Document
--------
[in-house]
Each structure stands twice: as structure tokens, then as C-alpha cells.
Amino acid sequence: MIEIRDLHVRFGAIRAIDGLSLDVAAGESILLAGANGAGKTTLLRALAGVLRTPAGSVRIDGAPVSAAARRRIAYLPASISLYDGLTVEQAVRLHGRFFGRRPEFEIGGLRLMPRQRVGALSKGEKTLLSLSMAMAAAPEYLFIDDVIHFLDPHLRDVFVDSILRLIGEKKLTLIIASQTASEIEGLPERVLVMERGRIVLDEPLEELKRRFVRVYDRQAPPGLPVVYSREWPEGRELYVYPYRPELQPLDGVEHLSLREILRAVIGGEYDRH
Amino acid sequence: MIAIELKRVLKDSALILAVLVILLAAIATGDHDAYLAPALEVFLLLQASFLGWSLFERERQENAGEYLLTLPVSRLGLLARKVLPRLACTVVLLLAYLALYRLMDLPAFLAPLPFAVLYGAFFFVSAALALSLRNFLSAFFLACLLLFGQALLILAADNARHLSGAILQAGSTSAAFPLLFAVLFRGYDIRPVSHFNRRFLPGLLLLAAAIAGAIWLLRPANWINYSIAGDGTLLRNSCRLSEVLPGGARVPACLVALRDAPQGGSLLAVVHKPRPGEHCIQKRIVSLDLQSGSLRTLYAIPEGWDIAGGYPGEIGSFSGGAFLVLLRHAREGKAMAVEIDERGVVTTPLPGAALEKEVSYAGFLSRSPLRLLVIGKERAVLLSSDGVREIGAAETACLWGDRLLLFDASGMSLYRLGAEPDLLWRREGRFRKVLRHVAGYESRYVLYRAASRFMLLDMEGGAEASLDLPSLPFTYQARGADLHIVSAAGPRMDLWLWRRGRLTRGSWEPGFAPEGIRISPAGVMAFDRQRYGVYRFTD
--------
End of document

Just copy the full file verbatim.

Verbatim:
[in-house]
Each structure stands twice: as structure tokens, then as C-alpha cells.
Amino acid sequence: MIEIRDLHVRFGAIRAIDGLSLDVAAGESILLAGANGAGKTTLLRALAGVLRTPAGSVRIDGAPVSAAARRRIAYLPASISLYDGLTVEQAVRLHGRFFGRRPEFEIGGLRLMPRQRVGALSKGEKTLLSLSMAMAAAPEYLFIDDVIHFLDPHLRDVFVDSILRLIGEKKLTLIIASQTASEIEGLPERVLVMERGRIVLDEPLEELKRRFVRVYDRQAPPGLPVVYSREWPEGRELYVYPYRPELQPLDGVEHLSLREILRAVIGGEYDRH
Amino acid sequence: MIAIELKRVLKDSALILAVLVILLAAIATGDHDAYLAPALEVFLLLQASFLGWSLFERERQENAGEYLLTLPVSRLGLLARKVLPRLACTVVLLLAYLALYRLMDLPAFLAPLPFAVLYGAFFFVSAALALSLRNFLSAFFLACLLLFGQALLILAADNARHLSGAILQAGSTSAAFPLLFAVLFRGYDIRPVSHFNRRFLPGLLLLAAAIAGAIWLLRPANWINYSIAGDGTLLRNSCRLSEVLPGGARVPACLVALRDAPQGGSLLAVVHKPRPGEHCIQKRIVSLDLQSGSLRTLYAIPEGWDIAGGYPGEIGSFSGGAFLVLLRHAREGKAMAVEIDERGVVTTPLPGAALEKEVSYAGFLSRSPLRLLVIGKERAVLLSSDGVREIGAAETACLWGDRLLLFDASGMSLYRLGAEPDLLWRREGRFRKVLRHVAGYESRYVLYRAASRFMLLDMEGGAEASLDLPSLPFTYQARGADLHIVSAAGPRMDLWLWRRGRLTRGSWEPGFAPEGIRISPAGVMAFDRQRYGVYRFTD